This week, President Obama effectively exempted more than four million illegal immigrants from the nation’s immigration laws, granting them the right to apply for work permits and a three-year reprieve from deportation. He cannot, however, hide behind precedent for his decision to act unilaterally.
As justification for the President’s controversial executive order, his administration cites the Constitution’s Take Care Clause. The problem for Obama is that this constitutional provision, instructing the President to “take care that the Laws be faithfully executed,” gives him discretion about how to enforce the law, not discretion about whether to enforce the law.
President Obama admitted as much earlier this year in an interview with Univision, explaining that “the reason that these deportations are taking place is, Congress said, ‘You have to enforce these laws.’ … And I cannot ignore those laws any more than I could ignore, you know, any of the other laws that are on the books.”
Claims that Obama’s unilateral action on immigration merely enforces current immigration law do not pass the laugh test, given his repeated vow to issue an order that would be an improvement over what he sees as a dysfunctional immigration system. Replacing the current law with something more functional is a far cry from enforcing or trying to enforce the current law.
The White House says the President is simply engaging in the long-established practice of prosecutorial discretion–that is, he’s prioritizing resources insufficient to target all of the more than 11 million immigrants illegally in the country. But prosecutorial discretion is a power exercised in service of a law’s enforcement, not a euphemism for doing an end-run around a law you believe is dysfunctional or ill-conceived.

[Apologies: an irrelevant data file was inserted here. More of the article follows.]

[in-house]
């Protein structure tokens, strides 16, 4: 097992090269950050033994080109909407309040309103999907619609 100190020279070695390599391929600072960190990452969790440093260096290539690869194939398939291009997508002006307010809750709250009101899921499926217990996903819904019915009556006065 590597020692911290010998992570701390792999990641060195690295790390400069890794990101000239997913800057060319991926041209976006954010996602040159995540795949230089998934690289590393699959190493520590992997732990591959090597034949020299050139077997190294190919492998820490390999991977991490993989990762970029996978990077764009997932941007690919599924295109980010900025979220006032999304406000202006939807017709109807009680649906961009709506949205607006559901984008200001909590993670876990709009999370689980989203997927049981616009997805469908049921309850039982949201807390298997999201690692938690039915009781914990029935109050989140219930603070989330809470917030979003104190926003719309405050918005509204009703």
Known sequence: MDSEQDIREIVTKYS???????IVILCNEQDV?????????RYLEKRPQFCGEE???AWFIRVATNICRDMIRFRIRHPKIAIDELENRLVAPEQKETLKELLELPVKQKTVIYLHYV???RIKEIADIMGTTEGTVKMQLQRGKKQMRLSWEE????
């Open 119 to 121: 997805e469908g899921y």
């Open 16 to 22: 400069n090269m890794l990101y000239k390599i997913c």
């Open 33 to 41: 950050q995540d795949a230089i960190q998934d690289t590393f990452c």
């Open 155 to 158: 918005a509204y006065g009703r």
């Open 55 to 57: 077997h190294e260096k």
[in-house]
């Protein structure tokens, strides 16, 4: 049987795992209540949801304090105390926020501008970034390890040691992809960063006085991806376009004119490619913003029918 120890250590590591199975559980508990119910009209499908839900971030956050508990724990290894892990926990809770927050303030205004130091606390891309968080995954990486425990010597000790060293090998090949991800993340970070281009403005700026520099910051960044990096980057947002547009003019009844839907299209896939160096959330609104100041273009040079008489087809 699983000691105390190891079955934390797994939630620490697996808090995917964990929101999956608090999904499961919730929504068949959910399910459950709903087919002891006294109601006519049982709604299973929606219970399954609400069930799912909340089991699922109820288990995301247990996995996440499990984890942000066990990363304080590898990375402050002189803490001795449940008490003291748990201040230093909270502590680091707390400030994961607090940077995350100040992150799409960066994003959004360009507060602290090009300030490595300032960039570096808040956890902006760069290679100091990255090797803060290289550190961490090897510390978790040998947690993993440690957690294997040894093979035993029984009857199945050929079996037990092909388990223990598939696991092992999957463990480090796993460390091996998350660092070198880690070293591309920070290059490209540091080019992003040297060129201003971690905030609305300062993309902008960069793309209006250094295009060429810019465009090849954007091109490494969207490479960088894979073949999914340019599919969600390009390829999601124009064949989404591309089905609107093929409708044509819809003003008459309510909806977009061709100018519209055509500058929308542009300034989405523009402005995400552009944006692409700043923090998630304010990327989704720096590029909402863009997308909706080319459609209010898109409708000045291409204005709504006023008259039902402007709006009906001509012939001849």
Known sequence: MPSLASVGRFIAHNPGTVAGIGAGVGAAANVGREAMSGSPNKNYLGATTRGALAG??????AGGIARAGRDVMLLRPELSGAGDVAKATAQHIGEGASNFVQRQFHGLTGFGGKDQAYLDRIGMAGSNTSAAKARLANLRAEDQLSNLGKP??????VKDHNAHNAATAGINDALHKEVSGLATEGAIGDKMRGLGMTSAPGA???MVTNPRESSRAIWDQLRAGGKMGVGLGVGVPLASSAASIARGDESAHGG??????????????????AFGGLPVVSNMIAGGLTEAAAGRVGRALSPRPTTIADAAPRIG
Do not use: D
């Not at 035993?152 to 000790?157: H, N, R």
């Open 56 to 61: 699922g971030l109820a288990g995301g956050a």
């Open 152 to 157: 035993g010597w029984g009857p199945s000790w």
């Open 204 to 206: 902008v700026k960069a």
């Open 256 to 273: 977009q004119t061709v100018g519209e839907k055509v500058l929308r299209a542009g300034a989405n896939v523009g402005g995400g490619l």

Whatever justification Obama had under the principle of prosecutorial discretion–and it wasn’t much in light of the millions covered by the order and the President’s intent to thwart, rather than carry out, Congress’ intent–evaporated when it became clear that the administration plans to issue work permits to those covered. Prosecutorial discretion is, by definition, a decision to refrain from prosecution; it does not include taking affirmative steps, such as the issuance of work permits, to put the government’s imprimatur on unlawful behavior.
For example, while a president can direct federal prosecutors to focus their efforts on people possessing more than a certain quantity of an illegal narcotic, he cannot unilaterally declare that possession of smaller amounts is legal, no less issue permits to that effect.
In his speech Thursday night, Obama alluded to supposedly similar executive actions taken by previous presidents. In particular, the White House and other Obama defenders point to actions taken by Presidents Ronald Reagan and George H.W. Bush. Indeed, both issued orders protecting groups–albeit smaller ones–of illegal immigrants from deportation. However, neither was attempting to do what Obama just did–that is, thwart the letter and intent of existing immigration law.
To the contrary, after working with a Democrat-controlled House to enact the Immigration Reform and Control Act of 1986 (Simpson-Mazzoli), Reagan issued an order to implement one of its provisions which explicitly authorized the attorney general to allow illegal immigrants not qualifying for legal status under the Act to avoid deportation if needed “to assure family unity.” A few years later, the Bush administration did the same.
Obama’s appeal to precedents set by past presidents would make sense if the Reagan and Bush orders were borne of frustration with Congress’ failure to pass or revise Simpson-Mazzoli. That those order were issued, instead, to implement Simpson-Mazzoli only serves to emphasize the degree to which Obama’s action this week is both unprecedented and unconstitutional.